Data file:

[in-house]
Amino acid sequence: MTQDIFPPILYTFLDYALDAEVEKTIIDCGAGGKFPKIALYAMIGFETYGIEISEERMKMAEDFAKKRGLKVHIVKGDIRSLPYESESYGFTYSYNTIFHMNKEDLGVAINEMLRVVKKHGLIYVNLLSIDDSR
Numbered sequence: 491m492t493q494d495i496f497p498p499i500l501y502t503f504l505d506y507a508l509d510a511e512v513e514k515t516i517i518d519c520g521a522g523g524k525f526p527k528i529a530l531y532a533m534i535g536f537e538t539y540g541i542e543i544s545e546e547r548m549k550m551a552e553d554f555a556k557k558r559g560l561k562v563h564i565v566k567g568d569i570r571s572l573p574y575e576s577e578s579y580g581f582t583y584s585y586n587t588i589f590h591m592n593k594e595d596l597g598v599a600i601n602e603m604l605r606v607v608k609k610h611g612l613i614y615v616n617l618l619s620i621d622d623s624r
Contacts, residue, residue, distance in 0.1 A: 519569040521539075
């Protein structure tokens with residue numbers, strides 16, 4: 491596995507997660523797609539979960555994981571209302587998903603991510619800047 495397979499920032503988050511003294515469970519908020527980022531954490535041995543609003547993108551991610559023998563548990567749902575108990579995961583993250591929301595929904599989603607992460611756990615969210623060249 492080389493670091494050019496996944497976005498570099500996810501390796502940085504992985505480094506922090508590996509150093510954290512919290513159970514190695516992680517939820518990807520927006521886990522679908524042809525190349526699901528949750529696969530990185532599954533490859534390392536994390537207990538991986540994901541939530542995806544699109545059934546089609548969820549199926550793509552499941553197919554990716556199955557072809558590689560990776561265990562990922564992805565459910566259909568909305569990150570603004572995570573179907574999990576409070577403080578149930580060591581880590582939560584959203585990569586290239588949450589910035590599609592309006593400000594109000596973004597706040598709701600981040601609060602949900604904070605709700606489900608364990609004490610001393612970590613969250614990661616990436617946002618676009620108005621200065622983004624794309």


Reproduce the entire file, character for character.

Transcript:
[in-house]
Amino acid sequence: MTQDIFPPILYTFLDYALDAEVEKTIIDCGAGGKFPKIALYAMIGFETYGIEISEERMKMAEDFAKKRGLKVHIVKGDIRSLPYESESYGFTYSYNTIFHMNKEDLGVAINEMLRVVKKHGLIYVNLLSIDDSR
Numbered sequence: 491m492t493q494d495i496f497p498p499i500l501y502t503f504l505d506y507a508l509d510a511e512v513e514k515t516i517i518d519c520g521a522g523g524k525f526p527k528i529a530l531y532a533m534i535g536f537e538t539y540g541i542e543i544s545e546e547r548m549k550m551a552e553d554f555a556k557k558r559g560l561k562v563h564i565v566k567g568d569i570r571s572l573p574y575e576s577e578s579y580g581f582t583y584s585y586n587t588i589f590h591m592n593k594e595d596l597g598v599a600i601n602e603m604l605r606v607v608k609k610h611g612l613i614y615v616n617l618l619s620i621d622d623s624r
Contacts, residue, residue, distance in 0.1 A: 519569040521539075
């Protein structure tokens with residue numbers, strides 16, 4: 491596995507997660523797609539979960555994981571209302587998903603991510619800047 495397979499920032503988050511003294515469970519908020527980022531954490535041995543609003547993108551991610559023998563548990567749902575108990579995961583993250591929301595929904599989603607992460611756990615969210623060249 492080389493670091494050019496996944497976005498570099500996810501390796502940085504992985505480094506922090508590996509150093510954290512919290513159970514190695516992680517939820518990807520927006521886990522679908524042809525190349526699901528949750529696969530990185532599954533490859534390392536994390537207990538991986540994901541939530542995806544699109545059934546089609548969820549199926550793509552499941553197919554990716556199955557072809558590689560990776561265990562990922564992805565459910566259909568909305569990150570603004572995570573179907574999990576409070577403080578149930580060591581880590582939560584959203585990569586290239588949450589910035590599609592309006593400000594109000596973004597706040598709701600981040601609060602949900604904070605709700606489900608364990609004490610001393612970590613969250614990661616990436617946002618676009620108005621200065622983004624794309």